1. I can’t get my boyfriend to eat kale either! I’m not sure what it is but he will have none of it! I’ll have to try this.

  2. I might need to try this- Josh claims to really dislike kale. I’ve tried cooking it a number of ways, but he seems to just not be a fan. I’m so with you on the kitchen fails. Meals that are edible, but not that good are usually called one timers in our house ;)

  3. So darn tasty. This looks fabulous Brandi, and I bet Daniel would love it too!!

  4. we’re both on a kale kick today :) this sounds AWESOME! I need to experiment more with greens and love the sound of this!

  5. Sounds delicious! I love hearty kale in cooked dishes like that.

  6. I definitely relate to all the above confessions about a time where there were “more bad nights than good.” :) It’s fun to see the scale tipping the other way! I love kale, and never thought of adding in apples or maple syrup!

  7. Maple and mustard sounds like a great combo, almost like honey mustard! PS – he may like it cooked down in Moscato – very sweet and delicious!

  8. My mom cooks collards almost the exact same way and they’re SO delicious. We ought to try kale next time!

  9. This looks awesome! A little sweet and super healthy :)

  10. I think in many ways, this is a good reminder. I do think blogs can paint that rosy image that every meal is amazing and I know that even though I know it’s not that way in my own kitchen, I’m still prone to thinking it is when it comes to the blogs I read. Always flops & fails that don’t get blogged about.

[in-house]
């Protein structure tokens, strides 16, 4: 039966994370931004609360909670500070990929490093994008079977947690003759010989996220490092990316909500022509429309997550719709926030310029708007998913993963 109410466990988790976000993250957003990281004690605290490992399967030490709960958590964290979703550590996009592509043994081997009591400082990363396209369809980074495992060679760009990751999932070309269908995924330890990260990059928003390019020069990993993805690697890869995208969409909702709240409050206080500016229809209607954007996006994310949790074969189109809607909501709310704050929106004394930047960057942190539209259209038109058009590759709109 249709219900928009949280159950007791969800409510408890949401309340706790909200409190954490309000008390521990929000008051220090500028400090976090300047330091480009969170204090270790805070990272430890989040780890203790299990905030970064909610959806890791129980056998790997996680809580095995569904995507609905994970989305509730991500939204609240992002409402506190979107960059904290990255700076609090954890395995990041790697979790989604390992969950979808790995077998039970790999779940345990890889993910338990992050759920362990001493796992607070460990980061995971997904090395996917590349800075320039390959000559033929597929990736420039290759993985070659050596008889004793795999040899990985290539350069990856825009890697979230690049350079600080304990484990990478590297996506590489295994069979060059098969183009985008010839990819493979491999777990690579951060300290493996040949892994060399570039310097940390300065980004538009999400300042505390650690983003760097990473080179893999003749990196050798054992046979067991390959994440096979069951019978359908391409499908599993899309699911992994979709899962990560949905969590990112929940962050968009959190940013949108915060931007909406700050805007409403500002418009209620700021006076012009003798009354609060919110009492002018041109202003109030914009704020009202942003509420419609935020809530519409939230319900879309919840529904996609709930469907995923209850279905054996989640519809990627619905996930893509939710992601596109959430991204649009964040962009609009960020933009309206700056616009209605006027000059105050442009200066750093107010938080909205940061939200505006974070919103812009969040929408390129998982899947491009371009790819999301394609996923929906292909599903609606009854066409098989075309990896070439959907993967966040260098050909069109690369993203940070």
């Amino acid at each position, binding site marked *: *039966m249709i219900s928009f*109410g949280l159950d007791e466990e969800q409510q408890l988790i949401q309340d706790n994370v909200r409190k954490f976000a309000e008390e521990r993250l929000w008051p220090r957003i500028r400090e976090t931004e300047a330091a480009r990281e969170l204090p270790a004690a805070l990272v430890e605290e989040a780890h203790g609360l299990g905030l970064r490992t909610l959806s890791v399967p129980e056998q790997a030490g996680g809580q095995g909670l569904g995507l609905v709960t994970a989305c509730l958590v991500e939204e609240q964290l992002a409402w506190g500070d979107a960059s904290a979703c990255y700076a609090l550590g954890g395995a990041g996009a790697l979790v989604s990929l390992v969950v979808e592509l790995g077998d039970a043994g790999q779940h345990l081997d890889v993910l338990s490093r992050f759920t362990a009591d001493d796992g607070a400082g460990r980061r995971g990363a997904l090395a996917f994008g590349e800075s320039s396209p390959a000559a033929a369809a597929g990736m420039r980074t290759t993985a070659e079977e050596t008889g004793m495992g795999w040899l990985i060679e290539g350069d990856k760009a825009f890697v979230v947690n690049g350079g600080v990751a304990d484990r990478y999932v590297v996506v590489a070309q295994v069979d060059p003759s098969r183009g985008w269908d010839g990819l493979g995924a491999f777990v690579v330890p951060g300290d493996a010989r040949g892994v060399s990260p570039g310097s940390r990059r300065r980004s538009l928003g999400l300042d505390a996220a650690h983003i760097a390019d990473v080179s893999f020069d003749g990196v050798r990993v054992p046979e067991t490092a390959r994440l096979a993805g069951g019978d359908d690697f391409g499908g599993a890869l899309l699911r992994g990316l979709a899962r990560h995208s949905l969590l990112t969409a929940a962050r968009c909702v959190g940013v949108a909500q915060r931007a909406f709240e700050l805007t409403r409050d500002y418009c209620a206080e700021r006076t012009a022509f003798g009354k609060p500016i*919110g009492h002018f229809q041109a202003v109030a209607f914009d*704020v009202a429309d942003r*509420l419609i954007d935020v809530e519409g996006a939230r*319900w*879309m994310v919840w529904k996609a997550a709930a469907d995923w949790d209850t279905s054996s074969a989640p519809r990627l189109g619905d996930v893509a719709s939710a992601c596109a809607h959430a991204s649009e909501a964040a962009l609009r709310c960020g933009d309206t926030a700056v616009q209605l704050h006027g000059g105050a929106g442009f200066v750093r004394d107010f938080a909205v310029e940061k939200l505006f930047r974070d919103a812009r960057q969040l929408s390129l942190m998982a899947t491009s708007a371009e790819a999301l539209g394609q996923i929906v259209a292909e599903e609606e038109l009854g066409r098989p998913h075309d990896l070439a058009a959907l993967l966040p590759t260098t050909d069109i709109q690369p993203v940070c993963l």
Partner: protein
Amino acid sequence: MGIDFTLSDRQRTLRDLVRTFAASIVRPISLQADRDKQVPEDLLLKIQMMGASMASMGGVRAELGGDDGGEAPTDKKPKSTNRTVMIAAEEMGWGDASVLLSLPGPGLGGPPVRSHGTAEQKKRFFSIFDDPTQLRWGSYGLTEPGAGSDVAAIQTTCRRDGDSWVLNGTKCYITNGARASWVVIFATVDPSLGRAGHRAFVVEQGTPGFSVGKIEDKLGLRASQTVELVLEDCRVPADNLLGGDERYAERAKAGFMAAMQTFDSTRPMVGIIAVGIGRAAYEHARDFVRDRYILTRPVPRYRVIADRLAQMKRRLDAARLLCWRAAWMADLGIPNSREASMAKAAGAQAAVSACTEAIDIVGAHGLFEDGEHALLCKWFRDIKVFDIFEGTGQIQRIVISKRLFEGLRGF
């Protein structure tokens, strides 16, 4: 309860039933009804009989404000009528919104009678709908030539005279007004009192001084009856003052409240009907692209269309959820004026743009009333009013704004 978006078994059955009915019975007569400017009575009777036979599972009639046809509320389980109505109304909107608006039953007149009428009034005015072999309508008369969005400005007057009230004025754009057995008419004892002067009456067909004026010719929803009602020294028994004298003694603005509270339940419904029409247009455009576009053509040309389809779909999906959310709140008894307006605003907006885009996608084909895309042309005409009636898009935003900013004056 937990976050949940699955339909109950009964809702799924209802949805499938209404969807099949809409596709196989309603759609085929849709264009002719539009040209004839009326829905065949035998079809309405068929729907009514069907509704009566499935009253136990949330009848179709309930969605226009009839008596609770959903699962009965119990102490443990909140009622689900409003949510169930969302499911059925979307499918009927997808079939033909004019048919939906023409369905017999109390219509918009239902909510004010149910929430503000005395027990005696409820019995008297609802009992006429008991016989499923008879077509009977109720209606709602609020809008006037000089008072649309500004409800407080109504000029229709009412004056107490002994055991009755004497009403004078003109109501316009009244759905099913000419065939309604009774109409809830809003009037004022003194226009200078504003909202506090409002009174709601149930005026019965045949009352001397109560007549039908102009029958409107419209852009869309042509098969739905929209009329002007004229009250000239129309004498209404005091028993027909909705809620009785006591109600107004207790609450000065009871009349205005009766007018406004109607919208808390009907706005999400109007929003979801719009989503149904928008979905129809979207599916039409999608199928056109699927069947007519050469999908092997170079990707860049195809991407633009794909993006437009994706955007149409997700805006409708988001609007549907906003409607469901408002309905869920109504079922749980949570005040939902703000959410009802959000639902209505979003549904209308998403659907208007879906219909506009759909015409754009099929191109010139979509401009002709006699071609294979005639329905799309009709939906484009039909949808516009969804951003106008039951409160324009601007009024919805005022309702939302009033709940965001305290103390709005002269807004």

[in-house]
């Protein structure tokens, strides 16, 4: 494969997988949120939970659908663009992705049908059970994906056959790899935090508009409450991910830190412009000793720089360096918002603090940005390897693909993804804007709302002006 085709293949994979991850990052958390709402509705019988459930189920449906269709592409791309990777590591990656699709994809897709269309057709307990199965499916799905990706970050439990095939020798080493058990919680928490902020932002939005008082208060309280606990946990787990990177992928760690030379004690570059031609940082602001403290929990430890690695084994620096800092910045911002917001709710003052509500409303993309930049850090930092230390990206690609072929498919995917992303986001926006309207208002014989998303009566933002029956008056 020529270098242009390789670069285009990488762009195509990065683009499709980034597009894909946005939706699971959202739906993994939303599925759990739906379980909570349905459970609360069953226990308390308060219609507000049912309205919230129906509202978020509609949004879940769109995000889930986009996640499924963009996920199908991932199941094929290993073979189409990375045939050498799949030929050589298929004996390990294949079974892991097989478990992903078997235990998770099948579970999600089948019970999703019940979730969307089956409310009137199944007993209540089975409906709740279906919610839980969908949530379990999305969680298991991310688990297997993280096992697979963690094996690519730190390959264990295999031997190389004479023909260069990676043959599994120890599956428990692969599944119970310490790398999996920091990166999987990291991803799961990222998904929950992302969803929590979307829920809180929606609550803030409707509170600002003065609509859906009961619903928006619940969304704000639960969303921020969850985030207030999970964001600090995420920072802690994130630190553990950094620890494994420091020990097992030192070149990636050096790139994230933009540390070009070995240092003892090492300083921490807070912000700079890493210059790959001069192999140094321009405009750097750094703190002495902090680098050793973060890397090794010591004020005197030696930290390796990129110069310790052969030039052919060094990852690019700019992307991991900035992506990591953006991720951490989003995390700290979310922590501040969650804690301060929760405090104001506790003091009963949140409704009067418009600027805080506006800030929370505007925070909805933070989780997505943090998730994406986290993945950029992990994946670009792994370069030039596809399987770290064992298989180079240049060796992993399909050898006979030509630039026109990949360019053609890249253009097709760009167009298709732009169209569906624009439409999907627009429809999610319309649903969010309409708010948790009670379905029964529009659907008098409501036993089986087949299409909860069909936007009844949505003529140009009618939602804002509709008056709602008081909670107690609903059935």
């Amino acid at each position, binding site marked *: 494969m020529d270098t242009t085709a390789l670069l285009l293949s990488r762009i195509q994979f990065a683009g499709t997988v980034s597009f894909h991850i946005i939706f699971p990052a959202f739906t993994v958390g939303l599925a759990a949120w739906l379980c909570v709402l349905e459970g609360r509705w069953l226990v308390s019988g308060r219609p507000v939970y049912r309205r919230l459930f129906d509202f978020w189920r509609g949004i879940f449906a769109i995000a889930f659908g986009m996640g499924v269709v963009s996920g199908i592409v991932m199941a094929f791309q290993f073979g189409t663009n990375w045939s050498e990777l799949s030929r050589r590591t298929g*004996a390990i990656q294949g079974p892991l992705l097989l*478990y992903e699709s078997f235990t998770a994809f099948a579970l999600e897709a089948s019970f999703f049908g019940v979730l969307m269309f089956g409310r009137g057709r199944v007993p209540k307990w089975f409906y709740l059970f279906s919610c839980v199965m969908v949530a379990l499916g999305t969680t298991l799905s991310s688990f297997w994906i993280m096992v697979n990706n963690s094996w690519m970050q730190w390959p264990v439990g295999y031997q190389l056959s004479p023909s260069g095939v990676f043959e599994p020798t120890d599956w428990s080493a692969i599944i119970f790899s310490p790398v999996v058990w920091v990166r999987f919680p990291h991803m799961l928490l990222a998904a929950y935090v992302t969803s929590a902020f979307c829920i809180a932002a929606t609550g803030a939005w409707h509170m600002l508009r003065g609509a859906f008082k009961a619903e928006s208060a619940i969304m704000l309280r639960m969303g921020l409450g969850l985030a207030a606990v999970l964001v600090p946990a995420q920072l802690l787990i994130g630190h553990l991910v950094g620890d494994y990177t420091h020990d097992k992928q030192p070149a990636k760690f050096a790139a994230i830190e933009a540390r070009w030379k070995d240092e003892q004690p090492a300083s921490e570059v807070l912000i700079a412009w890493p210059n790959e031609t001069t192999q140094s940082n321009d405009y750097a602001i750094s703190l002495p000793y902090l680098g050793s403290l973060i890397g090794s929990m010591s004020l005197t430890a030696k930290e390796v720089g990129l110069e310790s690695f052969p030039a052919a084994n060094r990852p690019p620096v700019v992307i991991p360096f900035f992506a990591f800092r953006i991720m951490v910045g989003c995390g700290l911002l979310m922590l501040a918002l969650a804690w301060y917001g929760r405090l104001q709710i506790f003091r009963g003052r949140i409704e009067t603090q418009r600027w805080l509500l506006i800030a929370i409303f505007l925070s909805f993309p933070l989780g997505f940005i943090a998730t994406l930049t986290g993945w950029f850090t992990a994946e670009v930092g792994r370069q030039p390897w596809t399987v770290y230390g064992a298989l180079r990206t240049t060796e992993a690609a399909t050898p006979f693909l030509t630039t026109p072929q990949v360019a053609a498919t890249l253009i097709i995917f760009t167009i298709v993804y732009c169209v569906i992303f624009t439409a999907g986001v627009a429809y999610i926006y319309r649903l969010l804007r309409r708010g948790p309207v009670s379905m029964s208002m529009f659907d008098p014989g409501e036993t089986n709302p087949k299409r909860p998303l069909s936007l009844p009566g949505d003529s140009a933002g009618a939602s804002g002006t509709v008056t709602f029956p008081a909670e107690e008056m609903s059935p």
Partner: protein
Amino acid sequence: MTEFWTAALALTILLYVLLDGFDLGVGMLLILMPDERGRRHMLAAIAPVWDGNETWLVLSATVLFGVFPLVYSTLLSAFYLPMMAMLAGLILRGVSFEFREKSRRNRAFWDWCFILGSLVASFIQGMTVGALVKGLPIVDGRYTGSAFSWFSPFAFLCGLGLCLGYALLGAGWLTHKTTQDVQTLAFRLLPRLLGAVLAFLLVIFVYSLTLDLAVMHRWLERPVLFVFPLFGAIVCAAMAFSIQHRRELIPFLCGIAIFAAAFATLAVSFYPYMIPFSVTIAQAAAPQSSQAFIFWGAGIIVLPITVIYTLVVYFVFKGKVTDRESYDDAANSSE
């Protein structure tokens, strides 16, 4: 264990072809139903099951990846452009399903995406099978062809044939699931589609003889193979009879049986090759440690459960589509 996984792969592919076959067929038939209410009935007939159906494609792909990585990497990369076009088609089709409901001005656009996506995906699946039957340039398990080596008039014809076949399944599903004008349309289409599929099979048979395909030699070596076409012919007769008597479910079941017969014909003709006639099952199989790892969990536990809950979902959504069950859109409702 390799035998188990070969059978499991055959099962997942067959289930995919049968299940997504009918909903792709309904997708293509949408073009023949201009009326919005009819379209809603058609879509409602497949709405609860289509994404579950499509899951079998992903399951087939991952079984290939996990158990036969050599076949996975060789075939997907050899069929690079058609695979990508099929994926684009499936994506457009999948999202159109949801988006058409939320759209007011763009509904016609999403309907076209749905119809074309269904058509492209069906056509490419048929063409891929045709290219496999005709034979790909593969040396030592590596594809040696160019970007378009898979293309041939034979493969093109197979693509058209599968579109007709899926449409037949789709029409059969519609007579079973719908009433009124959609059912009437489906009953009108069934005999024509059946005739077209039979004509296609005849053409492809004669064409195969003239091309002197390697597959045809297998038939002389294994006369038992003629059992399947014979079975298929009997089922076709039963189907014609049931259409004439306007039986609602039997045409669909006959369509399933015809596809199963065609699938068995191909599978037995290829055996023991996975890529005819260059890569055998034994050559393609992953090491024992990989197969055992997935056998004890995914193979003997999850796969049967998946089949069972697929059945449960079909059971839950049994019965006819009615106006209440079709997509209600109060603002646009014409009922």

• yeah, it’s definitely still a normal occurrence here. I threw away a bread trial this weekend, and a batch of donuts last week. But it’s how I learn!

  11. love turning people on to kale! i think the first one i tried with my parents was one from ricki with apples and onions as well. love the mustard addition :)

  12. I love kale, and your recipe sounds great! My hubby didn’t really care for kale for a long time, but I think it has really grown on him over the years…

  13. Your husband sounds a lot like my fiance. I still can’t get him to a lot of things, kale included. Perhaps I’ll try this and see how he reacts. Thanks for the idea!

  14. This is by far one of my favorite ways to enjoy kale, I love the sweet/savory flavor plays! I usually add some white balsamic vinegar to my mix but I really like the idea of the maple syrup & dijon… mmmm yum!

  15. I’ve only in the last year or so started experimenting with cooking greens. This looks so good–I’m going to bookmark this and give it a try!

  16. Ooh, this looks delicious! I thought we made the same recipe this week, but mine had hot pepper vinegar. It’s so funny, kale is pretty much the ONLY vegetable Ari enjoys, but he only likes it steamed. I made a salad with it once and he thought it was terrible!

  17. Haha! I guessed right. When I saw the title I thought “BACON!”. :D

    I had never had kale before and then tried it last month at a restaurant. It was cooked with bacon too and it was delicious!